This post is based on a talk I gave at BSides Leeds 2020 on an open source security tooling project I’ve been working on called Kiln.

To set the scene, I’m going to start by talking about CI pipelines. Most of the CI pipelines I’ve seen have performed various types of testing; linting, unit testing, UI testing, maybe some functional testing. Some teams will run security tools as part of their manual code reviews, perhaps using something like Yarn Audit for checking that their JS dependencies don’t have known vulnerabilities in them. More mature CI pipelines might be running security tooling as part of the pipeline itself. At SimplyBusiness, we have tools like Bundler Audit, Rubocop (a linting tool with some security lints) and Brakeman (A Ruby-on-Rails static code analysis tool) in our Ruby app pipelines.

But if a tool finds an issue, someone is going to need to log in to your build server, find the failed build and dig through console logs to find out why a step failed. Putting my developer hat on for a second,that means I’m leaving the environment where I do most of my work (My editor, Slack, GitHub Issues etc), and with my Security Engineer hat back on, I won’t have any visibility that this happened.

I think we can do better than this, and honestly, I think we have to do better than this. A friend of mine once told me that although prioritisation in big companies often meant the difference between delivering something in Q1 or Q3, at smaller companies it’s the difference between doing something now or not doing it. As security teams, our customers aren’t just the customers of the business we work for, our customers are also everyone that works with us. Given how small most security teams are, relative to how many customers they have, prioritisation of where we focus our effort is crucial.

One of the ways I think we can more effectively prioritise our effort is by making data driven decisions. Businesses have been doing this for years; if you look at Business Intelligence, Marketing or UX teams, you’ll find that data is king. It’s working for them, and I think as security professionals, we should follow their lead.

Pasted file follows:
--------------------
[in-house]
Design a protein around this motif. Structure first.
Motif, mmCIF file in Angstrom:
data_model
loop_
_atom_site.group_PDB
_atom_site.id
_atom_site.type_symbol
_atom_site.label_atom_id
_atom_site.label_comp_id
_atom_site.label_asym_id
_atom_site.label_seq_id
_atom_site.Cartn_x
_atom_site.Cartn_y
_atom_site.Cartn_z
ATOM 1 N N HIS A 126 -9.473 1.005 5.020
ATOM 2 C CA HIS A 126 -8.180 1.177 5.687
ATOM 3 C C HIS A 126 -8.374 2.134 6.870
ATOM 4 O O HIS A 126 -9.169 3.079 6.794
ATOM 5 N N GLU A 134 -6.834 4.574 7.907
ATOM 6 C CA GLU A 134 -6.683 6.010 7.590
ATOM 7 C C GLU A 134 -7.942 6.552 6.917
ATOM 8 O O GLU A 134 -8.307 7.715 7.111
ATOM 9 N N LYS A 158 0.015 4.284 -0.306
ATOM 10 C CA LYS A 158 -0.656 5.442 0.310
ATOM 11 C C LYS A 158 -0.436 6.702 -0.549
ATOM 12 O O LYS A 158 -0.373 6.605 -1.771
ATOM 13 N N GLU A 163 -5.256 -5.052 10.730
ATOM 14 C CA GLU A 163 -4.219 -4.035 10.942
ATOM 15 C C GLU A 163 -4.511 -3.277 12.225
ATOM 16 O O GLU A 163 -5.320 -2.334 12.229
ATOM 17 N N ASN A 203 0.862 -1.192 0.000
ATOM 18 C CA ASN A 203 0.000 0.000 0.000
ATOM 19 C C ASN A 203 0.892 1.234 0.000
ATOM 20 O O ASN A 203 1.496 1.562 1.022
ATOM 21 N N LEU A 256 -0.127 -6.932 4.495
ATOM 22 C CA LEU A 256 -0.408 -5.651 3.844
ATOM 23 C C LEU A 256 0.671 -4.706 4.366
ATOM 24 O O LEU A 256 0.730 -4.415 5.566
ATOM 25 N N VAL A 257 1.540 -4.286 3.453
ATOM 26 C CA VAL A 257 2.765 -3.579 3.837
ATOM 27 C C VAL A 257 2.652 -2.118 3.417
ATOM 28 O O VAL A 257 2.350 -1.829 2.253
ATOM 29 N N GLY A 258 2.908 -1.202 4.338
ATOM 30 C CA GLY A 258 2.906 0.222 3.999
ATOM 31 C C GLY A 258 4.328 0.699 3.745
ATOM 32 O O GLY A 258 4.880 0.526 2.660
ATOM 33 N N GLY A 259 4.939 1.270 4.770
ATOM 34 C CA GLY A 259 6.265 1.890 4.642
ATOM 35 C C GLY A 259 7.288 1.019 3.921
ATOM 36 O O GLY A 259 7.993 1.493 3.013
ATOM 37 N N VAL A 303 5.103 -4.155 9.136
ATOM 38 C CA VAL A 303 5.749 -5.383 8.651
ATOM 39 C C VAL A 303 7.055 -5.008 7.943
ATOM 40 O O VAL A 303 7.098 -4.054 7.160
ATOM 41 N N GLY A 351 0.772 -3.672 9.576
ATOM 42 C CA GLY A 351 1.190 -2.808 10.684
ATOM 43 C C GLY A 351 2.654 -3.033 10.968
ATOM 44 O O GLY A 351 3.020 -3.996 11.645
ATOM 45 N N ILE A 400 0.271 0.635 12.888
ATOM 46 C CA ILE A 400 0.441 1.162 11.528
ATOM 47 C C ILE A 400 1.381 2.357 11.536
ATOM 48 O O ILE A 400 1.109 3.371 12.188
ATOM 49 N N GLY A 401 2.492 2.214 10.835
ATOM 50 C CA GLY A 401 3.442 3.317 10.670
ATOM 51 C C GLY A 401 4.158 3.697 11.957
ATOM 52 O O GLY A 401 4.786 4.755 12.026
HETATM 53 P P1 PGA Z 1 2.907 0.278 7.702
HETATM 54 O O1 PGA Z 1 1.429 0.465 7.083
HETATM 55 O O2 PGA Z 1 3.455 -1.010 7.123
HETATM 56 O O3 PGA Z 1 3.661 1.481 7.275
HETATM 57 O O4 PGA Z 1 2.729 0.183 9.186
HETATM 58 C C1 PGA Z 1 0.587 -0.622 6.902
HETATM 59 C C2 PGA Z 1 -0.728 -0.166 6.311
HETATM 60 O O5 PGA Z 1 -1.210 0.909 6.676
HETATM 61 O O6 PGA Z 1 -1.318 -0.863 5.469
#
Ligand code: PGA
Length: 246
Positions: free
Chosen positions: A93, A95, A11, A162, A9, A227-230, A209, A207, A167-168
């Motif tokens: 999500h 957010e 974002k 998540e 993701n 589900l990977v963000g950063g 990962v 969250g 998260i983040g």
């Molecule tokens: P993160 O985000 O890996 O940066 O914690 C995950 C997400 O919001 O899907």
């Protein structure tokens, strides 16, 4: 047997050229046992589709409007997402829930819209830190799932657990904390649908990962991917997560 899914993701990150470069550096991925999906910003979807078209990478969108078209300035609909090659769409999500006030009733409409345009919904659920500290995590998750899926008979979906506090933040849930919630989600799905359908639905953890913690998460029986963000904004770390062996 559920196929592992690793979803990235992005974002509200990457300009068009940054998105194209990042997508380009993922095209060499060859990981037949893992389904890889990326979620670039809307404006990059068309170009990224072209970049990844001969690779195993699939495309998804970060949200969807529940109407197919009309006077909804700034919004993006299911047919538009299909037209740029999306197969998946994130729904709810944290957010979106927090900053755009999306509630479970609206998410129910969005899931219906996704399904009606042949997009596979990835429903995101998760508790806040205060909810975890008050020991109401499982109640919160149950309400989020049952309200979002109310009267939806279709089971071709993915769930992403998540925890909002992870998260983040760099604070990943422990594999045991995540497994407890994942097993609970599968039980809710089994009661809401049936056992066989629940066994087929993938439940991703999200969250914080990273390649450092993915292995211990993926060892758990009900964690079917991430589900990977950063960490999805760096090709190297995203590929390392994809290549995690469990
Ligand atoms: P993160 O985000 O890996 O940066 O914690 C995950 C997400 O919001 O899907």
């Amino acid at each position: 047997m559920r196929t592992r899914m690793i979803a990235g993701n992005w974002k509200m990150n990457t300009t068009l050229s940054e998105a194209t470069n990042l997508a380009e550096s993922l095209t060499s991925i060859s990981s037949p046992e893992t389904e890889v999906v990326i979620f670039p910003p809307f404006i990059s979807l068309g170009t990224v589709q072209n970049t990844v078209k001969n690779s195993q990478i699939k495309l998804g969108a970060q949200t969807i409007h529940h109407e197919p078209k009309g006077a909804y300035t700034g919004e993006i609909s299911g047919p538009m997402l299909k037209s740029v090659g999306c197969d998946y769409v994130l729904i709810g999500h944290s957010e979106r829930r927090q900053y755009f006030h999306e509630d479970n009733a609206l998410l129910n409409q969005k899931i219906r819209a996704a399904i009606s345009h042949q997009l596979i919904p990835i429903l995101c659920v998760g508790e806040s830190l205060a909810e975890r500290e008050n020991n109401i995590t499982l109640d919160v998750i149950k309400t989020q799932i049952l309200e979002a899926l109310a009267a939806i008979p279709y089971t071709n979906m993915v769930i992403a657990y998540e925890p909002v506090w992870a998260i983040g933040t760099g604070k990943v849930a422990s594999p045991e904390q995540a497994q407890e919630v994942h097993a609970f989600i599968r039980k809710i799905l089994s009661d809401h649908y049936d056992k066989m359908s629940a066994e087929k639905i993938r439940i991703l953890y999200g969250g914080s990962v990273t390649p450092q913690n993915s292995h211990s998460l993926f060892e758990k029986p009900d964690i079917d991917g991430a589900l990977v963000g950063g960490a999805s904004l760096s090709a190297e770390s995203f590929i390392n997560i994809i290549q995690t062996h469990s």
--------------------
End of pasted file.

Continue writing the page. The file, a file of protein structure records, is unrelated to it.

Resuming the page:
As a security engineer, I want to be able to ask questions like:

  • “What projects have which security tools in their CI pipelines?”
  • “What vulnerable dependencies do we have in production?”
  • “We held some security training recently, have we seen any changes in our security posture since then?”
  • “What projects are our biggest source of risk?”

With those questions in mind, I want to introduce you to Kiln.

The value proposition for Kiln is that it makes it easy to run open source security tools, while also collecting data from those tools to allow you to analyse the security of your applications. You can then use the insights you’ve gained from analysing the data Kiln provides to drive better decision making about where to focus your effort and resources.

The following video demonstrates how a user can use the Kiln CLI tool to scan the dependencies of a Ruby application, which uses Bundler-Audit under the hood. These findings are then parsed and processed and sent to Slack as messages to a designated channel. I used an interactive terminal to demonstrate the CLI, but where this really shines is in a CI pipeline.

So how did output from Bundler Audit get to a Slack Channel?

In addition to the CLI tool, which you’ve just seen, there are 4 main components to Kiln:

  • The Data collection endpoint
  • An Apache Kafka cluster
  • The Report parser
  • One or more Service connectors

The data collection endpoint serves as a single point for data to enter a Kiln deployment. It performs data validation to ensure that data is good quality and usable by downstream components, serialises data into the Apache Avro format and sends a message to a topic in Kafka. The report parser listens for messages arriving in Kafka on the topic used for unprocessed reports and performs message parsing and data enrichment. For each report from a tool, the report parser will split each finding into it’s own message, and in the case of vulnerable dependencies, will enrich the message with a CVSS score to help illustrate a vulnerability’s severity. Once findings have been parsed and enriched by the report parser, they are then posted back to Kafka on a different topic. Finally, the Slack connector then picks up these processed findings, turns them into human readable messages and posts them to Slack.

Kiln Architecture Diagram

Right now, the only service connector available for Kiln is the Slack connector, but others are planned.

Each of the components in Kiln are small, self-contained services, which can be independently scaled and which allow you to only deploy the service connectors that you would find useful. All of the services are written in Rust for speed and correctness and packaged in Docker containers and everything is MIT licensed.